Collaboration in the Grade 9 English Classroom

Carol Bartel Nickel

Copyright for this work is retained by the author.

Abstract

This study investigates differences in student achievement in a grade nine English classroom when comparing Direct Instruction, a Collaborative Learning Model and a Computer Supported Collaborative Learning Model (CSCL). The independent variable is the method of instruction, and the dependent variable is student achievement. Forty-eight grade nine students in a small, culturally diverse school in Western Canada comprised the study sample. Quantitative data were collected from three sets of posttests and analyzed applying a Single-Sample Analysis of Variance (ANOVA). Qualitative data were collected through exit slips at the completion of each unit of study. Data were coded and analyzed into three thematic categories: Engagement, Student Learning, and Efficacy.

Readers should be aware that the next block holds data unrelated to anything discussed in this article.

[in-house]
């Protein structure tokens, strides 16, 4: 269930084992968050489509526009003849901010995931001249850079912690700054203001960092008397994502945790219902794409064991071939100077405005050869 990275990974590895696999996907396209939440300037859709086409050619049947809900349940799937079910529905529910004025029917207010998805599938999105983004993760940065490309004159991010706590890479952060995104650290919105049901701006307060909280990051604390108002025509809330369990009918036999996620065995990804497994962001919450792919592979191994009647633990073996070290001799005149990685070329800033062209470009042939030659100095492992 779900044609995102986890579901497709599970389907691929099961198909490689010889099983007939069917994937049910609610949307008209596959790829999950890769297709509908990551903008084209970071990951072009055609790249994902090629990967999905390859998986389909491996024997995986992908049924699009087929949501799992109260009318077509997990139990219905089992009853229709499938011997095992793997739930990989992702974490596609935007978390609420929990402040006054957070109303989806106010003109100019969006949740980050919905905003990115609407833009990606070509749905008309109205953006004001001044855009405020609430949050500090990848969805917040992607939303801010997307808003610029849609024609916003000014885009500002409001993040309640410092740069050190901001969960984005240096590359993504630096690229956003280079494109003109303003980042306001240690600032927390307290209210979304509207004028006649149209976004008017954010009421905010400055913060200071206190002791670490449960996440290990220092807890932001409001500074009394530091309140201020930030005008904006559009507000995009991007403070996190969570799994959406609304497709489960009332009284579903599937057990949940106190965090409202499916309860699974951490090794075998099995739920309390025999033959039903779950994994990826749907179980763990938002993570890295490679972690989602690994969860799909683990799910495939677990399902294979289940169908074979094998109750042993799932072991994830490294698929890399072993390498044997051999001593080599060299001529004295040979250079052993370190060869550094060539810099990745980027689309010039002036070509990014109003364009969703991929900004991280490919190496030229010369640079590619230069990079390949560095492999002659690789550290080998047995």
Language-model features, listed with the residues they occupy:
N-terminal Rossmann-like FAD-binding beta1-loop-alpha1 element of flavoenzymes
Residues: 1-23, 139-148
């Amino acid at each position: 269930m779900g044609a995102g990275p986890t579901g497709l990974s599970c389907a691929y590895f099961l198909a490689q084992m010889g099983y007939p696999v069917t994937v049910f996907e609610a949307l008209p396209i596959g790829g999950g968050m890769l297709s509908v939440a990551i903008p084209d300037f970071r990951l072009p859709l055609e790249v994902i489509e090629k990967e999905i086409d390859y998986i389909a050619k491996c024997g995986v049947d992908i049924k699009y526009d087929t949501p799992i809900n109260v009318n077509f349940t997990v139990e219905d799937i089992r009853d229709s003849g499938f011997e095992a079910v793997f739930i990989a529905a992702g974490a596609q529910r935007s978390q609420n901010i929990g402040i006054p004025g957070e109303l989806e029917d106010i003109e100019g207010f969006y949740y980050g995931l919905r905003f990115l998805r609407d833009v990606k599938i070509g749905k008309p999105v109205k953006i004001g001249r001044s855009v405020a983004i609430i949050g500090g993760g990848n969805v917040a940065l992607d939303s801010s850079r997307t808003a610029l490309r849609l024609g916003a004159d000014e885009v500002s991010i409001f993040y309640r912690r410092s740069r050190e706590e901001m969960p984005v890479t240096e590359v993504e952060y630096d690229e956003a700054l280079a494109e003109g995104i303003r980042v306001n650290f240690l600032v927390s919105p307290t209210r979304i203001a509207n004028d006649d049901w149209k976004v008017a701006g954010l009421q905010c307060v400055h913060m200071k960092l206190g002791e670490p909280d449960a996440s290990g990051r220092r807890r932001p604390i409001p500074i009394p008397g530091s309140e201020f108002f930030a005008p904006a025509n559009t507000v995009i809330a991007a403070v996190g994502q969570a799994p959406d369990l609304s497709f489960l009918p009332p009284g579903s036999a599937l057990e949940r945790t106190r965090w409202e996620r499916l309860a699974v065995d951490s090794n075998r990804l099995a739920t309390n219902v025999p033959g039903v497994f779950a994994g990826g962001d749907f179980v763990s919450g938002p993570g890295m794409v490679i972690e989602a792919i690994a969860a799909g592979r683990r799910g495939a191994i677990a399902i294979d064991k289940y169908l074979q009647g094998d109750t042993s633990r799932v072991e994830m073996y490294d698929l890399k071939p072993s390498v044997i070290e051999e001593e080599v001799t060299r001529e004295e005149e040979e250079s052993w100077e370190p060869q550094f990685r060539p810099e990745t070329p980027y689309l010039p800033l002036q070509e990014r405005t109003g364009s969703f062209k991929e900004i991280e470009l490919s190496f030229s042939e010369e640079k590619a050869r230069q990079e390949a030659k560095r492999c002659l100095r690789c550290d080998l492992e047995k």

Quantitative data indicated a statistically significant difference in student achievement between Direct Instruction and a collaborative model of learning; data also showed a statistically significant difference between Direct Instruction and a CSCL. These results contribute to a growing body of research around the impact of collaborative learning; specifically, a CSCL model. Further research around CSCL as well as collective knowledge creation within junior high is needed to inform pedagogical choices around lesson design.